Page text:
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This is one of those libertarian "25 laws you break in the process of squeezing your own orange juice in the morning" principles that is fun to argue about but not very useful in the real world.

The reality is that while personality flaws and broken power dynamics may (but almost certainly won't) cause border police to charge you with some crime if you misstate "business or pleasure", absent any demonstrable intent of comitting a crime, you're unlikely to see the inside of a courtroom on such a charge, let alone be convicted. For instance, in the original post: saying you were in Antwerp for pleasure isn't going to get you a "Bureau of Prisons Number" without the satchel of smuggled diamonds.

I don't want to be misconstrued here; I'm glad we have crazy douchebags like this guy to stand up for our rights to refuse to answer questions, especially dragnet-style questions explicitly intended to trip criminals (and whatever collateral innocents come with them) up at the border.

But having said that, there's an element of the social contract at play here. The exact same logic this guy is using suggests that he also shouldn't answer the questions of police investigating crimes in his neighborhood. "Have you seen this man? We think he just shot up your neighbor's car."

Our society doesn't work if the police get absolute authority over us, and our protections against authoritarianism will degrade if people like this guy don't occasionally stand up for them. But society also won't work if everyone routinely refuses to cooperate with the police, who are dependent on our support to get the important stuff in their charter done.

I highly recommend "Cop in the Hood", a sociologist's writeup of a year spent as a Baltimore East Side patrol cop, for insight into all the crazy dynamics at play here.




> But having said that, there's an element of the social contract at play here. The exact same logic this guy is using suggests that he also shouldn't answer the questions of police investigating crimes in his neighborhood. "Have you seen this man? We think he just shot up your neighbor's car."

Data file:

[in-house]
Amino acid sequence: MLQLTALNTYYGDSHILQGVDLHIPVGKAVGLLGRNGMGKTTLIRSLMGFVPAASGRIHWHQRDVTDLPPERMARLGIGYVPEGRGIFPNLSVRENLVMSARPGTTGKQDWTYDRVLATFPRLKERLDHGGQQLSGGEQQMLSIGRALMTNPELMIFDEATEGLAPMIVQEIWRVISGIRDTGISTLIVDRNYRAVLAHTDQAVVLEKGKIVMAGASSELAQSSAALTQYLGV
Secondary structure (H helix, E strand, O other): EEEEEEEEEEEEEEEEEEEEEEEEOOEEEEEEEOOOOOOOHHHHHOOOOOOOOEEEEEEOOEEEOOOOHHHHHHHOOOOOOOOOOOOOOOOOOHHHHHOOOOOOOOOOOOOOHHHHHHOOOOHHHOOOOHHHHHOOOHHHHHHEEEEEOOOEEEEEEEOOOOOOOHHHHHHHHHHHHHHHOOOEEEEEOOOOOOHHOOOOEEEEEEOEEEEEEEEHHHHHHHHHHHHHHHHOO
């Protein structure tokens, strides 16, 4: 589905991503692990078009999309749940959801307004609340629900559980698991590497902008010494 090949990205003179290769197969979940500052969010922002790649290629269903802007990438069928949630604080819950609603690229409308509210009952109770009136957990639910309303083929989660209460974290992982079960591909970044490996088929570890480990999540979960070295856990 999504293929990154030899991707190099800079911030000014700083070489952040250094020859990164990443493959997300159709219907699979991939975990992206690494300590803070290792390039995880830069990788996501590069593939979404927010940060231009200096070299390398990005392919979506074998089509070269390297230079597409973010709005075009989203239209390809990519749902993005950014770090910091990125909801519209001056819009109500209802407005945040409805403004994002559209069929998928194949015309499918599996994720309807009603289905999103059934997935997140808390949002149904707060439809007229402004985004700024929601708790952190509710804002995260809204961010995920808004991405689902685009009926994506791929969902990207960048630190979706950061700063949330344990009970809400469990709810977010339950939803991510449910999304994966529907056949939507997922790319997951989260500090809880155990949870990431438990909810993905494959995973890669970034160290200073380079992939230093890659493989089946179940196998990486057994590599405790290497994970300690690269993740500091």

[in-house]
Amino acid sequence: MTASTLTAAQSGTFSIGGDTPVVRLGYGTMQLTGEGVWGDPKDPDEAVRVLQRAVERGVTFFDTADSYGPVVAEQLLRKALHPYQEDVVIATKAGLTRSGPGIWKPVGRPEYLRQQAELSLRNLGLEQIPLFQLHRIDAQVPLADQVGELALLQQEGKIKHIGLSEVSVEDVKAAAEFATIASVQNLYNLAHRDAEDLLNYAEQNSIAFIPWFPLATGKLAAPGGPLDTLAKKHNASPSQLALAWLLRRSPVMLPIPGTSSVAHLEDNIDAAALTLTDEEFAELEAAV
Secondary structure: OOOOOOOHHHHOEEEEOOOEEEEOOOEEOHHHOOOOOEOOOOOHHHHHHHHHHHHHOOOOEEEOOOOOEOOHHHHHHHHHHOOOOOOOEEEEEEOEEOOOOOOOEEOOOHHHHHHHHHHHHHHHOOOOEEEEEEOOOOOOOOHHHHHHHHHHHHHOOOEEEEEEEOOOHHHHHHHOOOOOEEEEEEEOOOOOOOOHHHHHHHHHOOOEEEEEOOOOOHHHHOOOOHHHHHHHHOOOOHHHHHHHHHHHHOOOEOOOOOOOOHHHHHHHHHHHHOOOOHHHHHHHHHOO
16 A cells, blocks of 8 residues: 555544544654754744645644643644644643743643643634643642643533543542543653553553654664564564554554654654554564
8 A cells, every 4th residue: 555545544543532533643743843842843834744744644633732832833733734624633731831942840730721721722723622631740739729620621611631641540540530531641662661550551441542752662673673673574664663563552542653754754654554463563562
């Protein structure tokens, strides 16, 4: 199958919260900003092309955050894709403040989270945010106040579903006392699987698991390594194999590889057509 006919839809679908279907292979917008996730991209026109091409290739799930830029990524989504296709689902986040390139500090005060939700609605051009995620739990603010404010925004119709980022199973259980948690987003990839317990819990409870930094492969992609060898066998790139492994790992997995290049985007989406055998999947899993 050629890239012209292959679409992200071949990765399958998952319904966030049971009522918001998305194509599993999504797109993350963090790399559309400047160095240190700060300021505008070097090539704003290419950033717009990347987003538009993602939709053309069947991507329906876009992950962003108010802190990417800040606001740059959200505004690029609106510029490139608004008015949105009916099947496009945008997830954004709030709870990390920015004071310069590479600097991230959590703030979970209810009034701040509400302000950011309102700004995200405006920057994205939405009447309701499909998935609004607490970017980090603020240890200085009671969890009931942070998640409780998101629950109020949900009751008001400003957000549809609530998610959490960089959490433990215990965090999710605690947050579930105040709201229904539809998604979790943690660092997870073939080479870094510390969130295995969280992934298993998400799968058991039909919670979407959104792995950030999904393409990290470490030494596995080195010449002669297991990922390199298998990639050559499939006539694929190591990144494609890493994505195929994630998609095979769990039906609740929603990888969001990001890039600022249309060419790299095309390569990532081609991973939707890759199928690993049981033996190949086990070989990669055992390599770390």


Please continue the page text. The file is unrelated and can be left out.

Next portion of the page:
I believe this is different. In this case, true, you have no legal obligation to answer a cop's questions when he is investigating a crime. But I do think you may possibly have a moral obligation and answering his questions is part of your civic duty.

However, I don't really see any such obligation here when they are treating you as the suspect. There is no concrete reason for them to suspect you in the first place, other than their blind, blanket suspicion of everyone.


I agree. This guy is trying to apply an abstract principal to something that in reality doesn't really make any sense.

However, I don't think they have a blanket suspicion of everyone.

It's pretty clear to me that people like the border patrol, or anyone else who has a similar job of trying to find that needle in the haystack, the one person they should rightfully be suspicious of, is looking for certain telltale signs: dark skin, non-affluent dress and/or nervous behavior.


Do you really think they have a blind suspicion of everyone? The vast majority will go through with minimal questioning, and these types of questions try to tease out suspicious behavior. I don't think it's a "you are guilty by default" type situation.

How would you rather the border patrol act? Keep in mind there are various types of illicit behavior that are not desired within society--this is a fairly inevasive method all things considered.


> Do you really think they have a blind suspicion of everyone?

They certainly act as though they are suspicious of everyone.


Isn't being suspicious of everyone the rational response? You see thousands of people per year and your entire job is to identify the few who are doing something wrong (smuggling, using a false passport, whatever).

If you're not going to be suspicious of everyone, which subset of them should you be suspicious of?


What do you mean by cooperating with the police? The guy abided by the law, which he was aware of and the border agents were not (or pretended not to be).

You must be of the opinion that laws are too lenient and that the additional bully tactics used by cops, etc., are actually in the interest of the general public b/c they help to correct for insufficiently strict laws.

If you don't believe this, then what is the nature of your argument that we should just comply with their wishes? Politeness? Tradition? Respect for authority? Humility?